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Asian-Australas J Anim Sci > Accepted Articles
DOI: https://doi.org/10.5713/ajas.19.0034    [Accepted] Published online May 28, 2019.
Evaluation of the genetic structure of indigenous Okinawa Agu pigs using microsatellite markers
Shihei Touma1,*  , Aisaku Arakawa2  , Takuro Oikawa3
1Okinawa Prefectural Livestock and Grassland Research Center, Nakijin, Okinawa 905-0426, Japan
2Institute of Livestock and Grassland Science, National Agriculture and Food Research Organization (NARO), Tsukuba, Ibaraki 305-0901, Japan
3Faculty of Agriculture, University of the Ryukyus, Nishihara, Okinawa 903-0213, Japan
Correspondence:  Shihei Touma, Tel: +81-980-56-5142, Fax: +81-980-56-4803, Email: toumashh@pref.okinawa.lg.jp
Received: 12 January 2019   • Revised: 17 March 2019   • Accepted: 7 May 2019
Abstract
Objective
Agu pigs are indigenous to the Okinawa prefecture, which is the southernmost region of Japan. Agu pigs were exposed to a genetic bottleneck during the 20th century, due to the introduction of European pig breeds. The objective of this study was to elucidate the genetic structure of Agu pigs and to determine their relationships with those of five European breeds, two Chinese breeds and Ryukyu wild boar using microsatellite markers.
Methods
A total of 203 DNA samples consist of 8 pig breeds were used in this study. Genotyping was performed using 21 microsatellite markers distributed across 17 chromosomes.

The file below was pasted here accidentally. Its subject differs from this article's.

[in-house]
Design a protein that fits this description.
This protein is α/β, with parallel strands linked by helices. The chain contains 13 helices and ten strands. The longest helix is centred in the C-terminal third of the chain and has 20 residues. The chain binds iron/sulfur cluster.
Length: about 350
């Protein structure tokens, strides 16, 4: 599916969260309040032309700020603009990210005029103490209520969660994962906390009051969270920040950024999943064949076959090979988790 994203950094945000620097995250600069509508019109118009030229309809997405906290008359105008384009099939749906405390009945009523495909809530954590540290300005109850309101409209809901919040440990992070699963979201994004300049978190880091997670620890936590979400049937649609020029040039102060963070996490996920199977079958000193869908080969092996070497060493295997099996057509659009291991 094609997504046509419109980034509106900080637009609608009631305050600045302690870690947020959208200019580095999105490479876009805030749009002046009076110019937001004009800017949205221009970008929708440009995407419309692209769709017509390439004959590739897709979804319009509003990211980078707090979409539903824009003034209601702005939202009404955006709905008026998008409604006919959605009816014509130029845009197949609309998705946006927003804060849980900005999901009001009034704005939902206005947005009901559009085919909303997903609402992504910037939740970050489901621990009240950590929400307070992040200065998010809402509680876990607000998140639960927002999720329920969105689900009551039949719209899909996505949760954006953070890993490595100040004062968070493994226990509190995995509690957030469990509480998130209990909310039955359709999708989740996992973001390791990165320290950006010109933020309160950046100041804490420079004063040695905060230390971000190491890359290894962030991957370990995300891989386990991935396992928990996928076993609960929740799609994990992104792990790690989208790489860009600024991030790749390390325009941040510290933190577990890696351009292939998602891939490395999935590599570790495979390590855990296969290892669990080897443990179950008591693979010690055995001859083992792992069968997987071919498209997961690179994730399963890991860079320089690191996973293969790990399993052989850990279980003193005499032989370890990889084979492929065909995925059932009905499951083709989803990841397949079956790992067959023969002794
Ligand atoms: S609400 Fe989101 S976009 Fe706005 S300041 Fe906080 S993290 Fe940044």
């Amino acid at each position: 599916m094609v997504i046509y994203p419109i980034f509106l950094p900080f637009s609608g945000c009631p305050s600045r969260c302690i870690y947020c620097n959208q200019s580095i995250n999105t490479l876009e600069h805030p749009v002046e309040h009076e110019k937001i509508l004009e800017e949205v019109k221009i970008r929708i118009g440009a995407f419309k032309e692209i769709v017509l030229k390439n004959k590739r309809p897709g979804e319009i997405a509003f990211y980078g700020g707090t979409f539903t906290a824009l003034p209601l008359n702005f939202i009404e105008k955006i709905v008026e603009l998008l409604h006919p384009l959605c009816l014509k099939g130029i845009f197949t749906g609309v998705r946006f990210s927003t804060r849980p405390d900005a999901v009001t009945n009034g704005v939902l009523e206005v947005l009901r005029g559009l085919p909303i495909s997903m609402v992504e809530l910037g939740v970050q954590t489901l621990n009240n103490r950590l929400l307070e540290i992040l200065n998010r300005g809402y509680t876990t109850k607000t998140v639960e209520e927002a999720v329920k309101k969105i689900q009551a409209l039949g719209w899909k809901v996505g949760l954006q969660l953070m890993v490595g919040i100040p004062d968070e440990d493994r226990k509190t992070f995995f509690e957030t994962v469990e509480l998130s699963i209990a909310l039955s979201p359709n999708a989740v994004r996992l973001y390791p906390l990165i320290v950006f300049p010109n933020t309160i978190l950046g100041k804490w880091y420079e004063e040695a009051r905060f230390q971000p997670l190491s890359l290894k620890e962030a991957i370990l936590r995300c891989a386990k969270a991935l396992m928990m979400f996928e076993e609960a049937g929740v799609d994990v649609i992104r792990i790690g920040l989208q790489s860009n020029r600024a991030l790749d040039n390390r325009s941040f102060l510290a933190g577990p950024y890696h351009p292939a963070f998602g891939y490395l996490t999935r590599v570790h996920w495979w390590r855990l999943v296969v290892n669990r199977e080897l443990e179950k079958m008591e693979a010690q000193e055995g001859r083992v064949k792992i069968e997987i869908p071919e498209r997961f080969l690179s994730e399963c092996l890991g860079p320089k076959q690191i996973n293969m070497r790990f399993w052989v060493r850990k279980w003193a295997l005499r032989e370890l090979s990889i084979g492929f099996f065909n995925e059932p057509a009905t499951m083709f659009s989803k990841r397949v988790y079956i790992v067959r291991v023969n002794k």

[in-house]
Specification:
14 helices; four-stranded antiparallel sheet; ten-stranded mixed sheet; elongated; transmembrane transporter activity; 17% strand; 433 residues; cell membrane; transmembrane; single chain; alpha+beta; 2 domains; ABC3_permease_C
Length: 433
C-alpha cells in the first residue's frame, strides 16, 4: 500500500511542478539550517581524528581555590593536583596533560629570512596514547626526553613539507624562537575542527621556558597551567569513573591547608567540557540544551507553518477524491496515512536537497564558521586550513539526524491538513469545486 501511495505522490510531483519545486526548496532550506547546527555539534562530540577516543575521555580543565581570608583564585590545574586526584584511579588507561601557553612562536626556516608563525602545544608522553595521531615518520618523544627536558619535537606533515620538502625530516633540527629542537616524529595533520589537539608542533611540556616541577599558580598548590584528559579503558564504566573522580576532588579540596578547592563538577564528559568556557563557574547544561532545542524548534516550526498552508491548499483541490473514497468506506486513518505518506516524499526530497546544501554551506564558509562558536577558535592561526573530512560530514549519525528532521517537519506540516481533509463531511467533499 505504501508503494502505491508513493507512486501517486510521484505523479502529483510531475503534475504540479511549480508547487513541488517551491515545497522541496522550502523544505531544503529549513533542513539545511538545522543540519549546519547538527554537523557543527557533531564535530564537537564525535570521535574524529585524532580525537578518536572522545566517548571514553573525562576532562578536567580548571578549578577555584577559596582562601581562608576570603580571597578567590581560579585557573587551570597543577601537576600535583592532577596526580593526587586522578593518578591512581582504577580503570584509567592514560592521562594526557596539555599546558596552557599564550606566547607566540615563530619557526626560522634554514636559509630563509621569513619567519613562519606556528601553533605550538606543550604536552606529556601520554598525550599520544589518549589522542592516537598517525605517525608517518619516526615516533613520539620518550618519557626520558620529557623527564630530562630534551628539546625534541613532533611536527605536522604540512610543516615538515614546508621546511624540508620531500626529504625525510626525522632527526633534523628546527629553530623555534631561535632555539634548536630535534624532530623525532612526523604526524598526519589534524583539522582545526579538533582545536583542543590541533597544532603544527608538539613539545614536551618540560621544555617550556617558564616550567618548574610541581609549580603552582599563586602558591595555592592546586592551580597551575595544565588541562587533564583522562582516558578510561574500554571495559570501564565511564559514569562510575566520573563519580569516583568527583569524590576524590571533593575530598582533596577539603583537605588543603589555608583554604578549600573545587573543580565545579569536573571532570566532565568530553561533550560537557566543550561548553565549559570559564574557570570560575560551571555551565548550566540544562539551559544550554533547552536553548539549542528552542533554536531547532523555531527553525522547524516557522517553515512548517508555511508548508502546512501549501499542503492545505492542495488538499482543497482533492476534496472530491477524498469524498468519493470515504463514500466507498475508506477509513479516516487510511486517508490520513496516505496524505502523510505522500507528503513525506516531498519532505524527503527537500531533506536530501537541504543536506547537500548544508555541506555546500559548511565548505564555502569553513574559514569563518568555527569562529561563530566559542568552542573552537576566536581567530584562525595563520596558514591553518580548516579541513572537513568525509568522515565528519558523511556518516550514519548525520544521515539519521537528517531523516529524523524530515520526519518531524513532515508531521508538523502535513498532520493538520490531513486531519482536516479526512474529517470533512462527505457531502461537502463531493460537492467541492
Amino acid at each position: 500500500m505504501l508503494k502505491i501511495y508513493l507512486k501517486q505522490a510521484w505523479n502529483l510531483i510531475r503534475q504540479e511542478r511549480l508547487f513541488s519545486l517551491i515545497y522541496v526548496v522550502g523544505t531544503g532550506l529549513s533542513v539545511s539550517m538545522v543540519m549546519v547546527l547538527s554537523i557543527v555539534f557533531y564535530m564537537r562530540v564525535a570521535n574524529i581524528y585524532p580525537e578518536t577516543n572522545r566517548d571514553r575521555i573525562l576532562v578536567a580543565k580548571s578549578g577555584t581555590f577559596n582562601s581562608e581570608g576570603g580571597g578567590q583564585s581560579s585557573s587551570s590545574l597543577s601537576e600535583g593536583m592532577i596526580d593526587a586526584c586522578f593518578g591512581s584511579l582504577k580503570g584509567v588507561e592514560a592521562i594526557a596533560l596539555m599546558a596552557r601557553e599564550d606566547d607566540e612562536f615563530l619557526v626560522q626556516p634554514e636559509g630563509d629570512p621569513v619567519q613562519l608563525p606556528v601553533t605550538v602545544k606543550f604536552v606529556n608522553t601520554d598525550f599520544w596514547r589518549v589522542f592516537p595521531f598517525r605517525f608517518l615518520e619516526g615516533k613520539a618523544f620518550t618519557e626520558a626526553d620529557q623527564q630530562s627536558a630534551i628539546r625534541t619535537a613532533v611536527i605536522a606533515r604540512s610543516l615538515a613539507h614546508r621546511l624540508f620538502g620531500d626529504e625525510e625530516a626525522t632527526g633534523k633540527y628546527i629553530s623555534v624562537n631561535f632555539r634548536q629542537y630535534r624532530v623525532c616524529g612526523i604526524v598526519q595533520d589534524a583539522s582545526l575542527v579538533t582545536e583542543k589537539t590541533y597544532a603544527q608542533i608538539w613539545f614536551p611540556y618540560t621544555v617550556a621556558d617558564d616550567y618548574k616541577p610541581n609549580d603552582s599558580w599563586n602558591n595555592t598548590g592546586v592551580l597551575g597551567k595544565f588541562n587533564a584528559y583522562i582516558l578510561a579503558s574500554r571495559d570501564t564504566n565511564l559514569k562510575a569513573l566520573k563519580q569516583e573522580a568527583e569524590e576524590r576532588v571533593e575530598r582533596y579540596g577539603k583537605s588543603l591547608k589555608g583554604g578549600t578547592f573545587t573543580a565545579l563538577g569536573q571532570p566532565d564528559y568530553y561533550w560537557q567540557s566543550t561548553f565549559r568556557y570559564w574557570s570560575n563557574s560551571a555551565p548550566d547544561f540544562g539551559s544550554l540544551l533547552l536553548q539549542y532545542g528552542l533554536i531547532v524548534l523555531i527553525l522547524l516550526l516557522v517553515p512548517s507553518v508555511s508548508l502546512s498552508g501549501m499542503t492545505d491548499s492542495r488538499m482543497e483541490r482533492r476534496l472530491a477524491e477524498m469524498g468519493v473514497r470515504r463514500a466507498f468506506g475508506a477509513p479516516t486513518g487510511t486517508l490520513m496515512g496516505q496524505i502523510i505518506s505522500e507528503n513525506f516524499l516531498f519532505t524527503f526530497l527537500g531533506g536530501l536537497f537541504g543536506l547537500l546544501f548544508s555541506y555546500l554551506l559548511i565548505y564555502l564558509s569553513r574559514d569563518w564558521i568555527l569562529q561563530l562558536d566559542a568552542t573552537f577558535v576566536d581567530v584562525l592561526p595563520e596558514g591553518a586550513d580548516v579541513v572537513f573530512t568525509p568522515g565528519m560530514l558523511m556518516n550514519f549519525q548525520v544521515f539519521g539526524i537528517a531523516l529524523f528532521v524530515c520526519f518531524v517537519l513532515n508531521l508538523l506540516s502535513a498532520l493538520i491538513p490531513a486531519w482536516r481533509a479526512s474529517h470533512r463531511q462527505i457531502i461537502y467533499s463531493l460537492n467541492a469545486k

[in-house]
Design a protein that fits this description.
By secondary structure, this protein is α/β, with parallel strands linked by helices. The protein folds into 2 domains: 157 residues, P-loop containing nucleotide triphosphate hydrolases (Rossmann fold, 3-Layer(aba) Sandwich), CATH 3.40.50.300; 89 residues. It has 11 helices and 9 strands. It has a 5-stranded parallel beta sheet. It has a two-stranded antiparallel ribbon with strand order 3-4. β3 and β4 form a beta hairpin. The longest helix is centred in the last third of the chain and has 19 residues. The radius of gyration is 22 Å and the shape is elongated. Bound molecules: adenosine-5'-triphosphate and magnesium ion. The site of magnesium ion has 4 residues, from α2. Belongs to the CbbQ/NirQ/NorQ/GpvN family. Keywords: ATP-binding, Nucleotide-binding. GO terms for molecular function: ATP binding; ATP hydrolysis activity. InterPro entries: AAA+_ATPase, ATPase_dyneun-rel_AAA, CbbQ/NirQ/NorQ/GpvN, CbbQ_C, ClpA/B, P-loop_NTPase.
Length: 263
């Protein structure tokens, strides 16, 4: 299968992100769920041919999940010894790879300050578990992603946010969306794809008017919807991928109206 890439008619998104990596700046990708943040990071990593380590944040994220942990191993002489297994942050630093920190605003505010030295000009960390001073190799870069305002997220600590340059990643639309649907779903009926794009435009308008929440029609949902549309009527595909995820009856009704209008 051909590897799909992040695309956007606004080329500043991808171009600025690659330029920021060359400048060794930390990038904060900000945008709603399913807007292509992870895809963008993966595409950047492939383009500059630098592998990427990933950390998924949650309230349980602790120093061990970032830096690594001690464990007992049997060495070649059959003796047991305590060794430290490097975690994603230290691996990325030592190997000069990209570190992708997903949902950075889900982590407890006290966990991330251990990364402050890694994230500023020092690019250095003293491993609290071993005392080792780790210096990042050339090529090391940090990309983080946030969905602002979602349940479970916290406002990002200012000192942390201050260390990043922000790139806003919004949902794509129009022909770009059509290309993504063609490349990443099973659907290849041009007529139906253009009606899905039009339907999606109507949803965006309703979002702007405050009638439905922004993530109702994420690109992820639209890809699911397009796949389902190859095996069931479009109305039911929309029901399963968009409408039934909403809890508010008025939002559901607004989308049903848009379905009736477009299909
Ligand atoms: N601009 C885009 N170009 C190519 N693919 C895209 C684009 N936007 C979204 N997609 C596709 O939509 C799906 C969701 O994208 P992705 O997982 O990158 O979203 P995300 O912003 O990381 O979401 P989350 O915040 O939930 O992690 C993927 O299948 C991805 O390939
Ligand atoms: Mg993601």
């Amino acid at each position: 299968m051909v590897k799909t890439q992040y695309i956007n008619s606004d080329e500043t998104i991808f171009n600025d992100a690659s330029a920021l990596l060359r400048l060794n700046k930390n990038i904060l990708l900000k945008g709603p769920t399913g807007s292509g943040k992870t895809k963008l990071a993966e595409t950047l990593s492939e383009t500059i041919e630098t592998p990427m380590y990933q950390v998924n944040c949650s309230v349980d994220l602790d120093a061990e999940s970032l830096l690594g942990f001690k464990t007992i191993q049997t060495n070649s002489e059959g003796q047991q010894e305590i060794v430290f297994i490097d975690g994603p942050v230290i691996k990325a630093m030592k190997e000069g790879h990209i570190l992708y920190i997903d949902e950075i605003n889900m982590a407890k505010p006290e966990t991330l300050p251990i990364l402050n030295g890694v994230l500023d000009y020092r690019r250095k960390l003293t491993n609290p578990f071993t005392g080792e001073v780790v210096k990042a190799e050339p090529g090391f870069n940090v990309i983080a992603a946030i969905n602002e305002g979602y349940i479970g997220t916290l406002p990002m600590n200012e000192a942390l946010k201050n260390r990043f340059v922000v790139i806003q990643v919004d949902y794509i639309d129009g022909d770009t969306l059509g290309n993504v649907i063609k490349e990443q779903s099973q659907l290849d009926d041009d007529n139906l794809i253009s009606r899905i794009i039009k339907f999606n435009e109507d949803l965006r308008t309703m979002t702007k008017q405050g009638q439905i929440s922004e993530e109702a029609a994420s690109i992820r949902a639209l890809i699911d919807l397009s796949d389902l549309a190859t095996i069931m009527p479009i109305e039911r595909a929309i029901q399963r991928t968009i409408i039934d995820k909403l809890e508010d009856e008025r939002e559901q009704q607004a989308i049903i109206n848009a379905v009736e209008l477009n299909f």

Results
Numbers of effective alleles in Agu pigs were fewer than in European breeds and Ryukyu wild boar. Among domestic pigs, Agu pigs had the lowest heterozygosity (0.423) and highest inbreeding coefficient (FIS = 0.202), indicating a severe loss of heterozygosity in Agu pigs possibly due to inbreeding. Neighbor-joining tree analysis was performed based on Reynolds’ genetic distances, which clustered Agu pigs with Duroc pigs. However, principal component analysis revealed a unique genetic position of the Agu pig, and the second principal component separated Agu pigs from all other breeds. Structure analysis with the optimal assumption of seven groups (K = 7) indicated that Agu pigs form an independent cluster from the other breeds. In addition, high and significant FST values (0.235–0.413) were identified between Agu pigs and the other breeds.
Conclusion
This study revealed a substantial loss of genetic diversity among Agu pigs due to inbreeding. Our data also suggest that Agu pigs have a distinctive genetic structure, although gene flows from European breeds were observed.
Keywords: Agu Pig; Genetic Structure; Genetic Diversity; Indigenous Okinawa Pig; Microsatellite Marker


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